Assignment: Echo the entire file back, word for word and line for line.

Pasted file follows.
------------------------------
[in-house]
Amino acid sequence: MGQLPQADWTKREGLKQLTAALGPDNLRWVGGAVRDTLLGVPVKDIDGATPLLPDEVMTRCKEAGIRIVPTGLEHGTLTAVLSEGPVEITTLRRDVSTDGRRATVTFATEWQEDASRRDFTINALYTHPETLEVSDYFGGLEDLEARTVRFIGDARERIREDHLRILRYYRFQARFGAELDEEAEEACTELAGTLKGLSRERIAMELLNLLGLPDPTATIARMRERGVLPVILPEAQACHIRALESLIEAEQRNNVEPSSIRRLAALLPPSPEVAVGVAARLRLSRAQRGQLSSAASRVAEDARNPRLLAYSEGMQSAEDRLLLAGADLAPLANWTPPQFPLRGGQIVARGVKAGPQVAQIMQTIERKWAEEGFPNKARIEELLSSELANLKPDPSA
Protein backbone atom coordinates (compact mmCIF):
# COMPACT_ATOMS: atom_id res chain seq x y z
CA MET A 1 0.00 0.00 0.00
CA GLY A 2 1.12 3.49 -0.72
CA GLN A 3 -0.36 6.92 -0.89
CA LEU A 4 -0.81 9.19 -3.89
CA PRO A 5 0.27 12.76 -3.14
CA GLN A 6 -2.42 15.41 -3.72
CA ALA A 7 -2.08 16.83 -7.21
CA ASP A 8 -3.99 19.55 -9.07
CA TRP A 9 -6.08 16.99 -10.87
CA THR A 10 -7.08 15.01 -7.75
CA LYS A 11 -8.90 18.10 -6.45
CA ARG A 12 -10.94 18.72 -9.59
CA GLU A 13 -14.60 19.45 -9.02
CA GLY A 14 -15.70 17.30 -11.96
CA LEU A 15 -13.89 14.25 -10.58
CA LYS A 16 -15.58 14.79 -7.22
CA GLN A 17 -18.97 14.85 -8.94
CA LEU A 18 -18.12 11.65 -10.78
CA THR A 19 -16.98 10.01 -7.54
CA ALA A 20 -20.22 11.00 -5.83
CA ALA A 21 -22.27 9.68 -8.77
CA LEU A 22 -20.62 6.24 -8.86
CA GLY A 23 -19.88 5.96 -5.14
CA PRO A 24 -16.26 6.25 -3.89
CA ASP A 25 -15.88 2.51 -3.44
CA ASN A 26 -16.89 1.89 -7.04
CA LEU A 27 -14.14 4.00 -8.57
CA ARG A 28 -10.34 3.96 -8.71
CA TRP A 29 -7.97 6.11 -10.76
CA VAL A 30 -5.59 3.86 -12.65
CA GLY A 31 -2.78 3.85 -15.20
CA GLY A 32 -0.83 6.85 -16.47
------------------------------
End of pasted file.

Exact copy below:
[in-house]
Amino acid sequence: MGQLPQADWTKREGLKQLTAALGPDNLRWVGGAVRDTLLGVPVKDIDGATPLLPDEVMTRCKEAGIRIVPTGLEHGTLTAVLSEGPVEITTLRRDVSTDGRRATVTFATEWQEDASRRDFTINALYTHPETLEVSDYFGGLEDLEARTVRFIGDARERIREDHLRILRYYRFQARFGAELDEEAEEACTELAGTLKGLSRERIAMELLNLLGLPDPTATIARMRERGVLPVILPEAQACHIRALESLIEAEQRNNVEPSSIRRLAALLPPSPEVAVGVAARLRLSRAQRGQLSSAASRVAEDARNPRLLAYSEGMQSAEDRLLLAGADLAPLANWTPPQFPLRGGQIVARGVKAGPQVAQIMQTIERKWAEEGFPNKARIEELLSSELANLKPDPSA
Protein backbone atom coordinates (compact mmCIF):
# COMPACT_ATOMS: atom_id res chain seq x y z
CA MET A 1 0.00 0.00 0.00
CA GLY A 2 1.12 3.49 -0.72
CA GLN A 3 -0.36 6.92 -0.89
CA LEU A 4 -0.81 9.19 -3.89
CA PRO A 5 0.27 12.76 -3.14
CA GLN A 6 -2.42 15.41 -3.72
CA ALA A 7 -2.08 16.83 -7.21
CA ASP A 8 -3.99 19.55 -9.07
CA TRP A 9 -6.08 16.99 -10.87
CA THR A 10 -7.08 15.01 -7.75
CA LYS A 11 -8.90 18.10 -6.45
CA ARG A 12 -10.94 18.72 -9.59
CA GLU A 13 -14.60 19.45 -9.02
CA GLY A 14 -15.70 17.30 -11.96
CA LEU A 15 -13.89 14.25 -10.58
CA LYS A 16 -15.58 14.79 -7.22
CA GLN A 17 -18.97 14.85 -8.94
CA LEU A 18 -18.12 11.65 -10.78
CA THR A 19 -16.98 10.01 -7.54
CA ALA A 20 -20.22 11.00 -5.83
CA ALA A 21 -22.27 9.68 -8.77
CA LEU A 22 -20.62 6.24 -8.86
CA GLY A 23 -19.88 5.96 -5.14
CA PRO A 24 -16.26 6.25 -3.89
CA ASP A 25 -15.88 2.51 -3.44
CA ASN A 26 -16.89 1.89 -7.04
CA LEU A 27 -14.14 4.00 -8.57
CA ARG A 28 -10.34 3.96 -8.71
CA TRP A 29 -7.97 6.11 -10.76
CA VAL A 30 -5.59 3.86 -12.65
CA GLY A 31 -2.78 3.85 -15.20
CA GLY A 32 -0.83 6.85 -16.47